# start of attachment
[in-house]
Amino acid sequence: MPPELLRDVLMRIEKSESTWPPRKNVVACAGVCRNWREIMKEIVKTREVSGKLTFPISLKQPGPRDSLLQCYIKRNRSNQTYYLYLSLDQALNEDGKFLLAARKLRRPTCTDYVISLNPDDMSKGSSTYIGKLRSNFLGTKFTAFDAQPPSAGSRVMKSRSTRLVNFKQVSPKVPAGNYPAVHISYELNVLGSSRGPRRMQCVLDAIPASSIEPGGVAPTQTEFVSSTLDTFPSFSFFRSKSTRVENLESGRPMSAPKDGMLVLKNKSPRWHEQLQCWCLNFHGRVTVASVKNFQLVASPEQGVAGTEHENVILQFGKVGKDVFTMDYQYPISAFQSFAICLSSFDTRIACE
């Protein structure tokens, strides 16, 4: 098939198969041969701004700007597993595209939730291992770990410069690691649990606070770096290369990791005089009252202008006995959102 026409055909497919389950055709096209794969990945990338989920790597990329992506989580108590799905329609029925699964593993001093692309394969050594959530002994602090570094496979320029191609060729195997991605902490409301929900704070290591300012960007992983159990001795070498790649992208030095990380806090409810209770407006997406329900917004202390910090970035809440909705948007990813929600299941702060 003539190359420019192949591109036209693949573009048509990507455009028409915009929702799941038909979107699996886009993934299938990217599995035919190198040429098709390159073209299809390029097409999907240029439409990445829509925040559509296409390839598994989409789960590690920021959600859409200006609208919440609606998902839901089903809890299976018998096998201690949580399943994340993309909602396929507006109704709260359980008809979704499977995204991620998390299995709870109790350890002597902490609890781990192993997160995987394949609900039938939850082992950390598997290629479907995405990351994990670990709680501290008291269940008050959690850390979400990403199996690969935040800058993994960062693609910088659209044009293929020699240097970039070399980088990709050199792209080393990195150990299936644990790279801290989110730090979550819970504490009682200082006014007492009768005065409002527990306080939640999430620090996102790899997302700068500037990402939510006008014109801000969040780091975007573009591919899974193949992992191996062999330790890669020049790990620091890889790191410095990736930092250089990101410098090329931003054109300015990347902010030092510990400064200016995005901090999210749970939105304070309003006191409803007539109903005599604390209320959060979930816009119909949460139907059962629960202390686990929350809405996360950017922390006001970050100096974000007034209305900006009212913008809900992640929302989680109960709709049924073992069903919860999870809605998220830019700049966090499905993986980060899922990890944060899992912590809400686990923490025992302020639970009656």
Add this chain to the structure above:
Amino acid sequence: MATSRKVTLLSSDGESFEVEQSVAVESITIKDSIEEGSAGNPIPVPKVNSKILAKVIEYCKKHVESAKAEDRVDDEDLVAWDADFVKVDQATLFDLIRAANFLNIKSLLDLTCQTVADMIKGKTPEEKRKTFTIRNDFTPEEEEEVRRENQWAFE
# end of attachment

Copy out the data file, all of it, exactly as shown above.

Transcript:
[in-house]
Amino acid sequence: MPPELLRDVLMRIEKSESTWPPRKNVVACAGVCRNWREIMKEIVKTREVSGKLTFPISLKQPGPRDSLLQCYIKRNRSNQTYYLYLSLDQALNEDGKFLLAARKLRRPTCTDYVISLNPDDMSKGSSTYIGKLRSNFLGTKFTAFDAQPPSAGSRVMKSRSTRLVNFKQVSPKVPAGNYPAVHISYELNVLGSSRGPRRMQCVLDAIPASSIEPGGVAPTQTEFVSSTLDTFPSFSFFRSKSTRVENLESGRPMSAPKDGMLVLKNKSPRWHEQLQCWCLNFHGRVTVASVKNFQLVASPEQGVAGTEHENVILQFGKVGKDVFTMDYQYPISAFQSFAICLSSFDTRIACE
């Protein structure tokens, strides 16, 4: 098939198969041969701004700007597993595209939730291992770990410069690691649990606070770096290369990791005089009252202008006995959102 026409055909497919389950055709096209794969990945990338989920790597990329992506989580108590799905329609029925699964593993001093692309394969050594959530002994602090570094496979320029191609060729195997991605902490409301929900704070290591300012960007992983159990001795070498790649992208030095990380806090409810209770407006997406329900917004202390910090970035809440909705948007990813929600299941702060 003539190359420019192949591109036209693949573009048509990507455009028409915009929702799941038909979107699996886009993934299938990217599995035919190198040429098709390159073209299809390029097409999907240029439409990445829509925040559509296409390839598994989409789960590690920021959600859409200006609208919440609606998902839901089903809890299976018998096998201690949580399943994340993309909602396929507006109704709260359980008809979704499977995204991620998390299995709870109790350890002597902490609890781990192993997160995987394949609900039938939850082992950390598997290629479907995405990351994990670990709680501290008291269940008050959690850390979400990403199996690969935040800058993994960062693609910088659209044009293929020699240097970039070399980088990709050199792209080393990195150990299936644990790279801290989110730090979550819970504490009682200082006014007492009768005065409002527990306080939640999430620090996102790899997302700068500037990402939510006008014109801000969040780091975007573009591919899974193949992992191996062999330790890669020049790990620091890889790191410095990736930092250089990101410098090329931003054109300015990347902010030092510990400064200016995005901090999210749970939105304070309003006191409803007539109903005599604390209320959060979930816009119909949460139907059962629960202390686990929350809405996360950017922390006001970050100096974000007034209305900006009212913008809900992640929302989680109960709709049924073992069903919860999870809605998220830019700049966090499905993986980060899922990890944060899992912590809400686990923490025992302020639970009656």
Add this chain to the structure above:
Amino acid sequence: MATSRKVTLLSSDGESFEVEQSVAVESITIKDSIEEGSAGNPIPVPKVNSKILAKVIEYCKKHVESAKAEDRVDDEDLVAWDADFVKVDQATLFDLIRAANFLNIKSLLDLTCQTVADMIKGKTPEEKRKTFTIRNDFTPEEEEEVRRENQWAFE